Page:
LastPass confirms hackers had access to internal systems for several days

The attacker that recently breached LastPass lurked around the network for days before being spotted and eliminated, the company has confirmed. 

A blog post published by the password manager‘s CEO Karim Toubba revealed that the attacker spent some four days on the compromised network. 

During that time, though, the attacker did not access customer data, or encrypted password vaults, the investigation has shown. 

LastPass attack

“Although the threat actor was able to access the Development environment, our system design and controls prevented the threat actor from accessing any customer data or encrypted password vaults,” Toubba said.

The attacker was apparently able to access the company’s Development environment through a developer’s compromised endpoint

The investigation and forensics did not manage to determine the exact method used for the initial endpoint compromise, Toubba did say the attackers utilized their persistent access to impersonate the developer after successfully authenticating with MFA.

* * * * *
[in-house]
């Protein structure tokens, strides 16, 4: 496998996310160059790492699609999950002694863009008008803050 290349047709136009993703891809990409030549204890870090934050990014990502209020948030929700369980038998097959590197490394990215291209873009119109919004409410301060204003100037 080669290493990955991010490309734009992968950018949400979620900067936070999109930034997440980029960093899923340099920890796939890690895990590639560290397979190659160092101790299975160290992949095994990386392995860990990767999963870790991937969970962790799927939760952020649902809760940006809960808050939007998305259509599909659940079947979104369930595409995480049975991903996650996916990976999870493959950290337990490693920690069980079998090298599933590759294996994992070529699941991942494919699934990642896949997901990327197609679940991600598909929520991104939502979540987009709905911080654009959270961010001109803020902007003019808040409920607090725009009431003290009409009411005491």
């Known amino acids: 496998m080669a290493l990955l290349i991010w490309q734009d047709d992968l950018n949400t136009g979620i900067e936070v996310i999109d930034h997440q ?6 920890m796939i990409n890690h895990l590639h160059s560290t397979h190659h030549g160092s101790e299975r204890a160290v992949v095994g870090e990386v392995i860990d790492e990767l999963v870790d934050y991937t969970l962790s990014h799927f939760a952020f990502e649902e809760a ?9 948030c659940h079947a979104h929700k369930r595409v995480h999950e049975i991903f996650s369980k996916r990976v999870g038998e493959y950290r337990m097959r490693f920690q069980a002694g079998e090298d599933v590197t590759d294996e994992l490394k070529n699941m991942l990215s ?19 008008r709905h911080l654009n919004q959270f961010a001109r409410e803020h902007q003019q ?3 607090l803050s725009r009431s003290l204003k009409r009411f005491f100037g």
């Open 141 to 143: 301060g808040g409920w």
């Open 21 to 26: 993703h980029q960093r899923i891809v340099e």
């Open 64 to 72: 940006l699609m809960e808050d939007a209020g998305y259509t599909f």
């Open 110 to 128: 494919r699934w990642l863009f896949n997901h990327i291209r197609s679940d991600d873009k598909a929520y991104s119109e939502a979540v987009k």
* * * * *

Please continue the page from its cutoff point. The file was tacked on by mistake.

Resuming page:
Code is safe

LastPass also said there was no evidence of the threat actor trying to inject malicious code, probably because the Build Release team is the only one that can push code from Development into Production. Even then, Toubba added, the code needs to be reviewed, tested, and validated. What’s more, Toubba said that the LastPass Development environment is “physically separated” from the Production environment. 

To ensure an incident like this one does not repeat, LastPass deployed “enhanced security controls including additional endpoint security controls and monitoring,” together with extra threat intelligence features and enhanced detection and prevention technologies. These technologies were deployed in both the Development and Production environment. 

Late last month, the company spotted “unusual activity” and, following an investigation, discovered a security compromise. 

The initial investigation found no evidence of threat actors accessing customer data or password vaults, meaning no action from end users was required. 

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